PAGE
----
Wilma MankillerCalm, assuring, confident, fierce, tenacious and unwavering. This is the story of the first woman Principal Chief of the Cherokees and one of the most influential leaders in Indian Country to date.
Barbara SmithBarbara Anne Smith is bringing back indigenous justice systems. This Chief Justice of the Chickasaw Supreme Court and professor at Oklahoma University prefers peacemaking to dominant society's adversarial court system.
Moira RedCornA Caddo and Osage woman, Dr. Moira RedCorn commits her life to the mental well-being of her patients at the Cherokee Nation Health Center. However, it's her own identity story that allows Moira to connect with her patients.
Devon FrazierA scholar in the classroom, fast-pitch champion on the field, Miss Indian Oklahoma 2011
Devon Frazier is a modern Native Daughter with roots in tradition.
Joy HarjoAn alcoholic father left her. An abusive stepfather tried to ruin her. Violent boyfriends did. And yet somehow, 62-year-old Creek Joy Harjo blossomed into a world-renowned author, poet and musician.
Angel GoodrichBoth on and off the court, basketball player Angel Goodrich has defied the odds, drawing strength from her Cherokee roots.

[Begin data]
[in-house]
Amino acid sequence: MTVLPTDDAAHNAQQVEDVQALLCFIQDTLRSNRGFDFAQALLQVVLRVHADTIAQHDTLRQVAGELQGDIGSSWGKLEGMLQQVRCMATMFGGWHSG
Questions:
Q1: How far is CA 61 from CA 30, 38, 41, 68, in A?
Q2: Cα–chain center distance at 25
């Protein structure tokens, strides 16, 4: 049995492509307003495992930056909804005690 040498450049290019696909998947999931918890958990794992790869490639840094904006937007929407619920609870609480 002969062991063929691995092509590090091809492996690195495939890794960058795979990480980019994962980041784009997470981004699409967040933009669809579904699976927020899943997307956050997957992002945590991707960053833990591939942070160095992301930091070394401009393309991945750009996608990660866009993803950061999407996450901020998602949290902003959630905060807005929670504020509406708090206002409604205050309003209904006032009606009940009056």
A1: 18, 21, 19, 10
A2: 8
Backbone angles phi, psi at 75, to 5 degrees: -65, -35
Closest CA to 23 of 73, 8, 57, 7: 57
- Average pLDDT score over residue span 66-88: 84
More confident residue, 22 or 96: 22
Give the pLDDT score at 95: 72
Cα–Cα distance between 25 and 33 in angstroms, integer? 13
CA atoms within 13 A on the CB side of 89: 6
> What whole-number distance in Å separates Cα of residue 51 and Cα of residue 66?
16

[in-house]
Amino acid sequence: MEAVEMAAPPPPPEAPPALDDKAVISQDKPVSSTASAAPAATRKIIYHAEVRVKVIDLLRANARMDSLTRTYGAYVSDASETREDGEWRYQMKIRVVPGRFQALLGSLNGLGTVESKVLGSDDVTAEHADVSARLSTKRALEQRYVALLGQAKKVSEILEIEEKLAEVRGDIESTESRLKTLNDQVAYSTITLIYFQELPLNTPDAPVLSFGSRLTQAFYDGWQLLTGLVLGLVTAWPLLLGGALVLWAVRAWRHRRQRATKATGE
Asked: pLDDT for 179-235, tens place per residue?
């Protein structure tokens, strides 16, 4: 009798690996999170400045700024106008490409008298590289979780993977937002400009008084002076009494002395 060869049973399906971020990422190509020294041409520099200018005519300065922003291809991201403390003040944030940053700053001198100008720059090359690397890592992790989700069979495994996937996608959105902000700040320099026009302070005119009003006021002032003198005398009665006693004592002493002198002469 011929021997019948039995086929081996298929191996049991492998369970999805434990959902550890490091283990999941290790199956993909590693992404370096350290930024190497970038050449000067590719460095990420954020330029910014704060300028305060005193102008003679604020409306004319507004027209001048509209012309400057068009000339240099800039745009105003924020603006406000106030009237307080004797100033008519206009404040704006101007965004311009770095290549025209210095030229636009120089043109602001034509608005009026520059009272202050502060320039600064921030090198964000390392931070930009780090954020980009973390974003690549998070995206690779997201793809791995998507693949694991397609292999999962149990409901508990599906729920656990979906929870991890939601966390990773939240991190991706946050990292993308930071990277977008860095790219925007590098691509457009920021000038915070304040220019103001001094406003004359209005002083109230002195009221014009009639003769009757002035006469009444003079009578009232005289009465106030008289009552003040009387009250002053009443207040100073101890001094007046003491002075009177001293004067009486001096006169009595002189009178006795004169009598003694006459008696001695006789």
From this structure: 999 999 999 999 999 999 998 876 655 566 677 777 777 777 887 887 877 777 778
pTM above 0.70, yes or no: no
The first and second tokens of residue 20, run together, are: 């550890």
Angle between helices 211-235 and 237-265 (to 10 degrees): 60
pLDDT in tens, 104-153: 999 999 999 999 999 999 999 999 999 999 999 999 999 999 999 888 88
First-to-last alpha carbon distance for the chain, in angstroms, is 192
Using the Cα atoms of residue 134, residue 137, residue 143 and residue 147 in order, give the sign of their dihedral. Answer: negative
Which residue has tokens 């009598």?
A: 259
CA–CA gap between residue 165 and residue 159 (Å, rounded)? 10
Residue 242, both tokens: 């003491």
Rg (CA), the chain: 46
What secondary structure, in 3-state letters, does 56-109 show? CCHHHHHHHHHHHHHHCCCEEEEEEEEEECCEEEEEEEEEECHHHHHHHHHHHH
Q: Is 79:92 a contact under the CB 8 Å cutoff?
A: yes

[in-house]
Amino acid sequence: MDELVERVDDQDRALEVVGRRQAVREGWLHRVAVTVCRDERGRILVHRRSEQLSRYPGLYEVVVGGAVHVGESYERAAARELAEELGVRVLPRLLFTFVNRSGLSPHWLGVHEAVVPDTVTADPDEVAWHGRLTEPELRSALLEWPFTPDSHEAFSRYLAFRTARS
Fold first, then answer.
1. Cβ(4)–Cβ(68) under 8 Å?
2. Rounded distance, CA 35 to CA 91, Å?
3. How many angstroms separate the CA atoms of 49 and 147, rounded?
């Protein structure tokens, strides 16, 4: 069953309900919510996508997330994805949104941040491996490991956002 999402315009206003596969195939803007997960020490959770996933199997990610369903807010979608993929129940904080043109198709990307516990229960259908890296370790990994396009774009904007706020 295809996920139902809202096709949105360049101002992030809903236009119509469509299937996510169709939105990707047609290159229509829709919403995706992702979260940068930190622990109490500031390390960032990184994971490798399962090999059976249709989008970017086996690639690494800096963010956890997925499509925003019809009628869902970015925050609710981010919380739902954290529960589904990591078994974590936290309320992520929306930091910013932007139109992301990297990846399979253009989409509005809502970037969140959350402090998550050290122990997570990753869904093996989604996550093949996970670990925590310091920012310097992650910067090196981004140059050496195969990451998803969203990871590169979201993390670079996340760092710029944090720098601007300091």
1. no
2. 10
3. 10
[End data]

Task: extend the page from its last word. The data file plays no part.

Tawna LittleAn Iraq War veteran with PTSD, daughter, granddaughter and mother, Tawna Little faces grave challenges in overcoming adversity and upholding culture in the Muscogee Creek Nation.
Heather ShottonAs an educator and activist Heather Shotten wants to teach Native students what they're capable of in higher education.
Expectations of Native WomenIn the 1800s many Native American women were revered in their culture, but contact with whites eroded this identity, leaving many Native women misunderstood and misrepresented to this day.
Expectations of White WomenFor most of the 19th century, white women often were ignored. Most served one purpose: be silent, subservient, invisible ladies.
Andrew JacksonWhy are the Cherokee in Oklahoma today and not in their Georgia homelands? President Andrew Jackson's refusal to enforce a Supreme Court ruling has a lot to do with it.
Trail of TearsDisease. Exposure. Starvation. The harrowing journey of the Trail of Tears leaves thousands of Natives marching across a continent in the most brutal conditions imaginable.
Indian TerritoryIn the period after Removal, women were the difference in keeping Nations' cultures, governments, education and faith thriving despite damaging assimilation tactics.
Cherokee FreedmenAs former slaves of Cherokees, the Freedmen have sought full citizenship as Cherokees since their removal from tribal rolls.
A Break in the Question of IdentityAstrid Munn, a third-year law student, debates the questioning and importance of race, while struggling and finding answers on the Cheyenne River Indian Reservation.
Project lead to inspirational memoriesRacheal White Hawk Strong is ready to tackle what Oklahoma has to bring, finding inspiration in Wilma Mankiller's past and Chickasaw Chief Justice, Barbara Anne Smith.